Mountains & Strangers – Part VI

As I continued my trek, stopping in between, taking a breather and getting breathless seeing the scenery unfold I saw an older large lady in a pink Salwar Kameez sitting on one of the benches.

I was walking continuously for a kilometer and seeing that bench was tempting so I placed my now heavy day pack and took a breather.

She smiled at me and asked in Hindi, Where are the others? I said Who? She repeated again asking where is your family? I smiled and said I am alone. She was stunned for a moment, like just stunned. The next question was Why??

What could you answer to that? I really didn’t know what to say. She was a simple North Indian woman, a housewife maybe ‘cos that’s what I observed.

What I said would maybe never be understood by her. So I simply said ‘Mannat’ (A Vow) and in a way when I look at it, it was just that.

That brief moment at Tunganth in the snow, the thought of Kedarnath happened and maybe I told what was deep inside me.

Right then her husband, an older bald man and her 12 year old son came running back, the husband  telling her to get up and start moving and not to be so slow.

The moment he saw me, he smiled and told her accha baatein kar rahi ti is ladke se saath ( So you were chatting with this girl)

And it just happened and I mean like that. He said Chale? (let’s go?) to his wife and to me too.

And like that I found company during this trek. I became a part of their pilgrimage and them a part of mine too. I let it flow.

I didn’t think even for one moment that NO I will only walk alone, I will not talk to anyone. This is MY Journey, nothing. No thoughts. When he said Chale I nodded and walked with them.

Now we were almost reaching 6 kms and the lady was slowing down even more and at certain points I walked ahead of them, sometimes way ahead and I would naturally wait for them.

The kid joined in with me. We would walk together in silence and wait until his parents joined us. He was a quiet polite kid, maybe very shy but quite caring.

Did I think that I would have made up to Kedarnath faster if I was not with that family?

Maybe I would have saved an hour or more but nothing can take away the enriching experience I had being with them all. NOTHING. It was worth it.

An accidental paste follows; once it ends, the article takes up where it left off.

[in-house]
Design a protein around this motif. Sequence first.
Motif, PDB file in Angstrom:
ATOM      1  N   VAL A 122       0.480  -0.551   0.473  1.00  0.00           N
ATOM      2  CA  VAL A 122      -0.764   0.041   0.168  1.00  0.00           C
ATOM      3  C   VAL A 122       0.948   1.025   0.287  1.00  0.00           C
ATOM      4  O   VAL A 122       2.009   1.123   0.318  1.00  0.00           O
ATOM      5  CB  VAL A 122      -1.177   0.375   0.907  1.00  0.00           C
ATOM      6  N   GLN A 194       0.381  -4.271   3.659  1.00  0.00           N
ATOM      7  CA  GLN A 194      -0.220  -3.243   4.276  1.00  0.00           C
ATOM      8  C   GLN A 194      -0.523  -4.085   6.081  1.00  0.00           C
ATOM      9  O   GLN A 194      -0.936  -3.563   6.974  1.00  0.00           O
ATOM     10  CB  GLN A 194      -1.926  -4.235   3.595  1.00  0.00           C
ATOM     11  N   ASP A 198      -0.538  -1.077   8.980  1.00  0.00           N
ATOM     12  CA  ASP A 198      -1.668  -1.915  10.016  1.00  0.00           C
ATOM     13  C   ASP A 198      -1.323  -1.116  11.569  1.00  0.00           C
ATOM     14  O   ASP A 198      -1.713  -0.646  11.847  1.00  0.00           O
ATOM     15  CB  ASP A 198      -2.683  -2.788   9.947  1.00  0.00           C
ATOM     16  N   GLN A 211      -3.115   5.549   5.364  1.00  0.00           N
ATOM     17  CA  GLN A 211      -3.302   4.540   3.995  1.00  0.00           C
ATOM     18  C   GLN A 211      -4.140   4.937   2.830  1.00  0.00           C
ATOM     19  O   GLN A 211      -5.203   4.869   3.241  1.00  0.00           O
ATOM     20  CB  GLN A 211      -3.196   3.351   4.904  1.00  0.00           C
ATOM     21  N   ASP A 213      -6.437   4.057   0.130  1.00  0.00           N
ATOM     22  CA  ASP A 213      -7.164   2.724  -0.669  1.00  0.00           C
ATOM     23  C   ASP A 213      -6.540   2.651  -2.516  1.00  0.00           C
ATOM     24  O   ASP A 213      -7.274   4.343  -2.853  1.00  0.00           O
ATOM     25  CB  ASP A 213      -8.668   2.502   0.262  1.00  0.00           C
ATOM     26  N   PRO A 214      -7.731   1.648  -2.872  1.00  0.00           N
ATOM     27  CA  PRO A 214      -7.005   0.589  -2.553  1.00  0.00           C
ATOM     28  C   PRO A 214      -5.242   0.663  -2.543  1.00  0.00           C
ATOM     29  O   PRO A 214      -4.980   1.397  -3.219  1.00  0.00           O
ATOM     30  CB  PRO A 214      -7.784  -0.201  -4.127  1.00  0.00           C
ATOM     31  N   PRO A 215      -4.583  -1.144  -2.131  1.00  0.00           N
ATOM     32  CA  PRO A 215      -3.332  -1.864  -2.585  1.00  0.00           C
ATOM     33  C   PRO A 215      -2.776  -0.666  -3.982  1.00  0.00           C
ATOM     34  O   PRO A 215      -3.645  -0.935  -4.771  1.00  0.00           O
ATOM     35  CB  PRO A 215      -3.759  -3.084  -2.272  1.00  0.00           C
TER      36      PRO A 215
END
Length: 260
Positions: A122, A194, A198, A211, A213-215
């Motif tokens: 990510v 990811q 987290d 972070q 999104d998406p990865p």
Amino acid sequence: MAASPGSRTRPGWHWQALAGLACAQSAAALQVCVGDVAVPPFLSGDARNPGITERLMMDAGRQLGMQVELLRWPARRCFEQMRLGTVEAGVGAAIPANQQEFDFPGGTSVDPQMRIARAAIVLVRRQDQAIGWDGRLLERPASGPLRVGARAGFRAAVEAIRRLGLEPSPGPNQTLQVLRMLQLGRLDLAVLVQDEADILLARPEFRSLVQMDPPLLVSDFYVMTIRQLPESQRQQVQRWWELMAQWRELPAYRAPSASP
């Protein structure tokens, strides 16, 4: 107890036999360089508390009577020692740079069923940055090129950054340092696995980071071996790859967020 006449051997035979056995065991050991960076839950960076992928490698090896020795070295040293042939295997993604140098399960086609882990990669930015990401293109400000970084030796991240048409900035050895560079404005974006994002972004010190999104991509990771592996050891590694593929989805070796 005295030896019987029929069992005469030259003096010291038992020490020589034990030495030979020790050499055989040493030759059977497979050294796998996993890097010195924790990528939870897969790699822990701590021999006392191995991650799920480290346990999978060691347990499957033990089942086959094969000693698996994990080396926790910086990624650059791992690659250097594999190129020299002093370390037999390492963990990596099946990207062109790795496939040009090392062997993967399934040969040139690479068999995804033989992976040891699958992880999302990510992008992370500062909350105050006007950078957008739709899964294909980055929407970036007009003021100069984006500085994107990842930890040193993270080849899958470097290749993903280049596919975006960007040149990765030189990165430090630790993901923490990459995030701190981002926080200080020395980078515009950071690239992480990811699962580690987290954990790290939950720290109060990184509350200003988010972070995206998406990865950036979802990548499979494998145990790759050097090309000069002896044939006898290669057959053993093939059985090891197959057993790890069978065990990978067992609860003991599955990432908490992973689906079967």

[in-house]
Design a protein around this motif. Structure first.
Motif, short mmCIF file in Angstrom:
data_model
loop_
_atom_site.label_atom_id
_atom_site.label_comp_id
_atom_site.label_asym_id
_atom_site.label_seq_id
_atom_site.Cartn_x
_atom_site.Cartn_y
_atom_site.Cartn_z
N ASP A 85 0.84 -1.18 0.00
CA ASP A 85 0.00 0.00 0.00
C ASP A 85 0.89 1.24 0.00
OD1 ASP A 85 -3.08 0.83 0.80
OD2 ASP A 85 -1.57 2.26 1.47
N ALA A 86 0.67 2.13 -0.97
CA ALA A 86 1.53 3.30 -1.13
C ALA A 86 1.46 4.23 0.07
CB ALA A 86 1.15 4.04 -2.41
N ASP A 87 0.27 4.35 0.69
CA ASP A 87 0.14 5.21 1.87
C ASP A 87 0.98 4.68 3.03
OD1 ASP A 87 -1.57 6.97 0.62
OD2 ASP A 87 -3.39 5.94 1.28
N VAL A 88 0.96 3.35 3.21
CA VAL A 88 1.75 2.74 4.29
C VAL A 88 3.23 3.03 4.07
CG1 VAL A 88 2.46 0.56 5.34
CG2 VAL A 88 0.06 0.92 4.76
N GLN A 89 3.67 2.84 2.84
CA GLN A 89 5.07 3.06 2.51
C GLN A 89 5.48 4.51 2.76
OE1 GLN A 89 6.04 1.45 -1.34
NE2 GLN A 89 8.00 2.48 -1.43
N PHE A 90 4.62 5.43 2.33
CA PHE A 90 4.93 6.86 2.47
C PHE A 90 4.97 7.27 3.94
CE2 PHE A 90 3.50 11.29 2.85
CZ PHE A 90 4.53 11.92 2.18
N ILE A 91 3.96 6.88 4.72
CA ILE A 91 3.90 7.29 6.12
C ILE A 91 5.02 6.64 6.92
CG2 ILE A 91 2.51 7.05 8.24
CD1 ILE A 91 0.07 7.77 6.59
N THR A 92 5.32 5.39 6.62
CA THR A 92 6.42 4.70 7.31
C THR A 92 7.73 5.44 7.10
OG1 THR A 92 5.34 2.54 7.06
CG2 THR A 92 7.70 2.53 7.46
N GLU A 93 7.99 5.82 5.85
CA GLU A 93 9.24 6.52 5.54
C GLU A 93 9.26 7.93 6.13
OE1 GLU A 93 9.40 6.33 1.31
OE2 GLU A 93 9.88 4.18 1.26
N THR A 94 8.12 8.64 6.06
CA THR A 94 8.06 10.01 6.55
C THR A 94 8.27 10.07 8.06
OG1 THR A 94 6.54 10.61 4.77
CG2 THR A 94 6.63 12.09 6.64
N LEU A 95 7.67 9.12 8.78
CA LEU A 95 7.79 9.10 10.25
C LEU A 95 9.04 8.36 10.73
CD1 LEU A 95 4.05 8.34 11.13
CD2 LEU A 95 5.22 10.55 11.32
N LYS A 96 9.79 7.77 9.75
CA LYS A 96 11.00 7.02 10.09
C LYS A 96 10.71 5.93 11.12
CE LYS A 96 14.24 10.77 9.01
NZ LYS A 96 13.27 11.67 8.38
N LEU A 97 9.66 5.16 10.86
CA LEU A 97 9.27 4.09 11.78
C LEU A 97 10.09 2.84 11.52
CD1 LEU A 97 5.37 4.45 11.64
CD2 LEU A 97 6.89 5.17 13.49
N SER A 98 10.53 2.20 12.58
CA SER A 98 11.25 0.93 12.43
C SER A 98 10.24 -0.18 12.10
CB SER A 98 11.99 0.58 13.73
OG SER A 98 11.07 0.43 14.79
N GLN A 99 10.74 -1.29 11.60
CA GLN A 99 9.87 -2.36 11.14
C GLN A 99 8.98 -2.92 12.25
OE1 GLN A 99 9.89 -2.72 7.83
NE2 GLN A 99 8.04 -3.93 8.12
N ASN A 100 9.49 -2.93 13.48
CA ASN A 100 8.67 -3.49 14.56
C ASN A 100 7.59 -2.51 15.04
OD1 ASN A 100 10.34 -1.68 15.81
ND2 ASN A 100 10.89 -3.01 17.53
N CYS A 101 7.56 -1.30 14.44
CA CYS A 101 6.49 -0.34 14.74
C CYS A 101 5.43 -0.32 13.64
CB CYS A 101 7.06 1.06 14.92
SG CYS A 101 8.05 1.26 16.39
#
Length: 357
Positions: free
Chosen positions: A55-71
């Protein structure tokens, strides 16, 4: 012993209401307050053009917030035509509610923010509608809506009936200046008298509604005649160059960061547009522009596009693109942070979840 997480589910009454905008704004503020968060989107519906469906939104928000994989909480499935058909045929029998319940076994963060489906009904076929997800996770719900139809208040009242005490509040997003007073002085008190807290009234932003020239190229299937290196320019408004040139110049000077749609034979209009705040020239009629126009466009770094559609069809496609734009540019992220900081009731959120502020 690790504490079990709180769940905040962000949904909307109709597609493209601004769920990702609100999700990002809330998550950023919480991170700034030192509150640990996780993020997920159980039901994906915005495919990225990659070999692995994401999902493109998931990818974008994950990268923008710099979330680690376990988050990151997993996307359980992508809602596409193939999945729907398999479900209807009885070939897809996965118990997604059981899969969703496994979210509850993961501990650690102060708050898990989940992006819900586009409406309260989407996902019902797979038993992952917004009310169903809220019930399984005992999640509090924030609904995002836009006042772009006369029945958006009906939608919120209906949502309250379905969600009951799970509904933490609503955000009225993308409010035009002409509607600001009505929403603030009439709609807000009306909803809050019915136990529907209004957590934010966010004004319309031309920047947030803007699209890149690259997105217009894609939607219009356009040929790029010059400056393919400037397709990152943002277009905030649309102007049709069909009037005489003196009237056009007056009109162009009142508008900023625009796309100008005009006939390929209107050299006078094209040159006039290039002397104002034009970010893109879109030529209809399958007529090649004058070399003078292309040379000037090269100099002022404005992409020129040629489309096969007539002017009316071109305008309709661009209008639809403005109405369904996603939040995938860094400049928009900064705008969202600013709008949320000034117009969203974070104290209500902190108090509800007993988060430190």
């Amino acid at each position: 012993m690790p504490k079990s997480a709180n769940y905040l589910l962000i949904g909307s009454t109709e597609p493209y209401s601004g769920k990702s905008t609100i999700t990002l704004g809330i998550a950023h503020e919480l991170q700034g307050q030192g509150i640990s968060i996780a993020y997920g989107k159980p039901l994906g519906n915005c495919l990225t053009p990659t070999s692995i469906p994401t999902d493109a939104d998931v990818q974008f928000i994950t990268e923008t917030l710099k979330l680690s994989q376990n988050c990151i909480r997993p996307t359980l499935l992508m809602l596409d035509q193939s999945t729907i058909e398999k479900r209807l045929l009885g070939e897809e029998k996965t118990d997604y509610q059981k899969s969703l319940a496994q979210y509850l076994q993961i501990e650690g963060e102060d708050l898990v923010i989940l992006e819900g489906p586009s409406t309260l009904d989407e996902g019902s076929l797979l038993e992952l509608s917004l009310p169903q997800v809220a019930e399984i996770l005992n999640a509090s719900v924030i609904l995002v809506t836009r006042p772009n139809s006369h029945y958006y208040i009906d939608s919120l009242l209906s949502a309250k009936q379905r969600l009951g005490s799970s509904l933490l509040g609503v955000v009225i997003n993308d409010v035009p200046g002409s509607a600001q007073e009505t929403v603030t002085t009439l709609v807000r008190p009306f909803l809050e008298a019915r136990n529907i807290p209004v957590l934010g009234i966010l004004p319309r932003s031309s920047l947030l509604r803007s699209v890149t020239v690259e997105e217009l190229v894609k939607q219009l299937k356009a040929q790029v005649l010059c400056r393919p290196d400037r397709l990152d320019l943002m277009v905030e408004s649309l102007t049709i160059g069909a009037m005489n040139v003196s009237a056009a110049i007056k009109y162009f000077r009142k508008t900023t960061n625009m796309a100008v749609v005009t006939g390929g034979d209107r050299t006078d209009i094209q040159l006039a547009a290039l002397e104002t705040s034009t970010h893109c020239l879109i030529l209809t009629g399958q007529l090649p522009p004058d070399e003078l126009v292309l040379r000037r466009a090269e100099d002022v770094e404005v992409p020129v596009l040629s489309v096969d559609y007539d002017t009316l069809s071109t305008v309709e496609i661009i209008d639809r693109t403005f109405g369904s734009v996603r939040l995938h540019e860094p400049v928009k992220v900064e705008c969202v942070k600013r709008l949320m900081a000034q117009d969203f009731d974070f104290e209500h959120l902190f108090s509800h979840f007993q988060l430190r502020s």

We stopped at a Chai point and that was the point where even the Ponies were taking a break. Naturally the family went ahead and paid for my Chai. At every point they did that. And no, they didn’t make me pay for them at all throughout. They would have none of it.

I accepted it graciously and as humbly as I possibly could. To give is way easier, to receive is tougher.

We met a couple of other families sitting on the opposite side who were taking the ponies and started talking to them.

I realized being on the ponies was no easy task either. It was the balance and yup one had to be fit even for that, at least a little bit.

They were strong animals but if you were heavy structured it was really tough and more so because most of them had no experience sitting on them, the danger of the person tipping over was more. And I saw one unfortunate incident on my way down.

Their backs were already aching badly. Imagine you had to be on that pony for at least 4-5 hours!

The scene was even more breathtaking now, the ascent became steep and steeper, we could even see the roundabout trekking path at one point. I mean what can you say about this view?

Ridges, rocky slippery paths, you cross waterfalls, then you see rich green mountains, so green you could go color blind because of it’s brightness, clouds so close you feel you are passing right through them. It was breathtaking.

It was almost 9 am and I was walking since 5.30 am. The sun was slowly showing itself. It would get more difficult to ascend once the Sun starts hitting you. We did see a breakfast stop finally.

At that point, I honestly wanted to keep walking up, at least till I reach Lincholi – the 10 kms midway point but I remembered Vishu’s words, eat breakfast a good one otherwise you will collapse in exhaustion. After that energy bar, I was only sipping on water with some Electrolytes in it.

I went in with the family and had some Aloo Paratha and Adrak Chai, in fact force fed myself. I didn’t feel one bit hungry, there was a mix of emotions.

You are tired, exhausted but invigorated with the energy, it’s surroundings, you feel full and fatigued, yet one had to practically fuel up.

The small makeshift breakfast place was placed precariously on the edge and right in front was this breathtaking view of the Himalayas.